sam mitchell graduation thumbIt’s not unusual to hear people say they’ve been “called” by God to do something. It’s more rare, however, when people say they heard the “call” while listening to the radio. In Sam Mitchell’s case, a first year Unification Theological Seminary (UTS) Doctor of Ministry student, the “call” he heard was loud and clear… and then he chose to ignore it.

One day in the early spring of 2013 Mitchell stayed late in his office to do some work and turned on the radio to his favorite station. Almost immediately he heard a voice say, “if you believe that God is directing your life to somewhere contact Dr. Kathy Winings, and then the voice left a number to call.”

‘That quickly caught my attention,” says Mitchell, “as if someone was saying, ‘listen to that.’” Having every intention of calling, he quickly jotted the number down and put it in his desk drawer. As often happens, however, good intentions give way to the mundanity of everyday life, and soon weeks had passed without his having called the number. Still, every time he opened the drawer it was sitting there, 

“Every time I went in my desk drawer to get a pen or something that paper would pop out at me,” says Mitchell, “and it would keep haunting me: ‘Call Dr. Winings.’ So, after about six weeks of continuous annoyance I decided to call Dr. Winings.”

Once he did, it didn’t take long for him to realize why that “haunting” feeling was so persistent, as he soon found out.

“The beautiful thing about it,” said Mitchell, “is that when I finally did call Dr. Winings it was as if she was expecting my call. She was so very receptive, she was so very warm, that I was drawn to listen to her and to tell her about what I had heard [on the radio]. After talking for a while she said, ‘Why don’t you come over and see me.’ 

The rest, as the saying goes, “is history.”

When Mitchell showed up at the appointed time he intuitively knew there was something different, even special, about their meeting. “The way Dr. Winings told me she was expecting my call tells me it was more than the matter of just a human working; I think it was divine.”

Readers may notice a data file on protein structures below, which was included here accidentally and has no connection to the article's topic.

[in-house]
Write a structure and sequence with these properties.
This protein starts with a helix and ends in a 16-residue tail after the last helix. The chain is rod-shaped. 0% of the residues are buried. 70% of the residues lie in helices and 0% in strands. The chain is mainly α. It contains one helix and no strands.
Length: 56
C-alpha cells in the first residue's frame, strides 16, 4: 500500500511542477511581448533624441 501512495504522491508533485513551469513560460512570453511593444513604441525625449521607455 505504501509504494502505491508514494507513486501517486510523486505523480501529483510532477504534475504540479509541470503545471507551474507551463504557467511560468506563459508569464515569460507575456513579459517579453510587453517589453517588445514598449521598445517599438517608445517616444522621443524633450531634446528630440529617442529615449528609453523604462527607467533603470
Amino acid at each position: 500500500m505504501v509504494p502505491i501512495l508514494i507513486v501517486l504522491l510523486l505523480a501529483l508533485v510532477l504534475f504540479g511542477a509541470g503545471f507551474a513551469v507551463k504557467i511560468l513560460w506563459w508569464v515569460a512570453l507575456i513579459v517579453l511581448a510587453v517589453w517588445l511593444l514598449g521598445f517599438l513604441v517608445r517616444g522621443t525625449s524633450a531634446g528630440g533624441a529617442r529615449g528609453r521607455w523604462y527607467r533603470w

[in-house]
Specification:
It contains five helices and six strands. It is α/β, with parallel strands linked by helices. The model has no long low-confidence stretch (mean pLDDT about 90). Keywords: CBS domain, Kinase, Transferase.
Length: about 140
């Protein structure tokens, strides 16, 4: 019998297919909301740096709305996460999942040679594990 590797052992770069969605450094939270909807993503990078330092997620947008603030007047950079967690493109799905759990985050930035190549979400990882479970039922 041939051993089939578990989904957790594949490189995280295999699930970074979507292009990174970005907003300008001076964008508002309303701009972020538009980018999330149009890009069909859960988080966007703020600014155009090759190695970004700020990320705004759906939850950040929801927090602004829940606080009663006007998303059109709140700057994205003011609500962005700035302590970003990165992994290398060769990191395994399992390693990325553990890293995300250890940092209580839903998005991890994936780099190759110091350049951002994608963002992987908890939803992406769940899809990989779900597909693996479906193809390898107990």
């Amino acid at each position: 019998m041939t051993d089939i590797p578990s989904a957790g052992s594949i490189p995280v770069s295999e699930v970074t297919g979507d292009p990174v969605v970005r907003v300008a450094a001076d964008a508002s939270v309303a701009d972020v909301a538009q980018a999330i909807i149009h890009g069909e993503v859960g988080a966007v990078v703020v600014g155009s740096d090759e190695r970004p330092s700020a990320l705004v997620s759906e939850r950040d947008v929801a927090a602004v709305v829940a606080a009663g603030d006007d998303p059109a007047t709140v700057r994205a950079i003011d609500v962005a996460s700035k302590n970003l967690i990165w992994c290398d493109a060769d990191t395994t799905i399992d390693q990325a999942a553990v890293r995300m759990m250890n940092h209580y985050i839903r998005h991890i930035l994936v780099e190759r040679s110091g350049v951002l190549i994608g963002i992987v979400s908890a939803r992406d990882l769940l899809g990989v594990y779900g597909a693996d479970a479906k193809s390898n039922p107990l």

There was something else he also intuitively knew: “Before I got back out onto the street I was convinced I was coming [to UTS].” That was in April, 2013, by August he was sitting in a classroom; three years later he graduated in May 2016 with a Master of Divinity degree. 

A lifelong Seventh Day Adventist, Mitchell, who holds a Bachelor of Arts in Education, has always felt a special bond with God. “My relationship with God is, like I said, He speaks to me and I speak back to Him. He’s like a friend.”

By his own admission, however, he never wanted to be a minister and has been a teacher all his life; he’s always seen himself as an educator. Despite this belief, he recognizes the unusual circumstances surrounding his call to UTS marks a fundamental change and that he’s entering into a special time of preparation in his life, a time of preparation on a Biblical scale.

“When God calls you to do something he always prepares you first,” says Mitchell. “God is calling me to something bigger than myself. This [UTS] doctoral program is preparing me for something greater. I have always seen myself as Abraham, and just like Abraham God is leading me somewhere. Where it is I cannot directly tell you, but I feel it more every day.

“There is so much from my being here [at UTS] that is so mysterious, and so much I know that is beyond human advocacy. And every day God is opening up to me more and more what it is I need to do.”

Married to his wife, Linda, for the past 26 years, they have shared many things together, including four biracial children - two older boys and two younger girls - aged 25, 19, 15 and 13. By his own account, Mitchell’s future actions will not create any hardships on his family or his relationship with them. He sees his newfound direction as merely the next step on a journey he’s been traveling on his whole life.

The youngest of seven children, he grew up outside of Kingston, Jamaica in an Adventist home that provided him protection from the various temptations young people often fall prey to; he never smoked, drank or took drugs.

“My [Adventist] upbringing gives me a broader concept of my way of life,” said Mitchell, “and that my life is dependent on God, so I have always drawn on the belief that God is my protector and the director of my life.”

Somewhere along the way he also developed the belief that serving others is the best way to serve God.

“The whole matter of service has been a thing of my life,” says Mitchell, “so what I’m doing is just advancing my ability to serve. All those who know me would know me as someone who’s served. To my family and everyone it’s not anything new, not anything strange because they know it’s my era of serving.”

Although he has completed only the first of four intensives to be held over the next two years, he has already decided in which direction his service will take him.

“I never came here [to Barrytown] with a thesis in mind, with a project in mind,” says Mitchell, “but since I’ve been here I’ve been strongly inspired to work with children. The project I’m working on right now is creating a ministry for the protection of children.“It could be here in America or it could be somewhere else. That’s something I feel strongly the Lord wants me to work on. As to whether or not this is the ultimate of what God wants me to do, I’m not sure. There may be something else.”

Whatever that “something else” might be is unclear. What is clear is that there’s no fear of what God will ask of him or where he’ll have to go to perform whatever task he’s asked to do.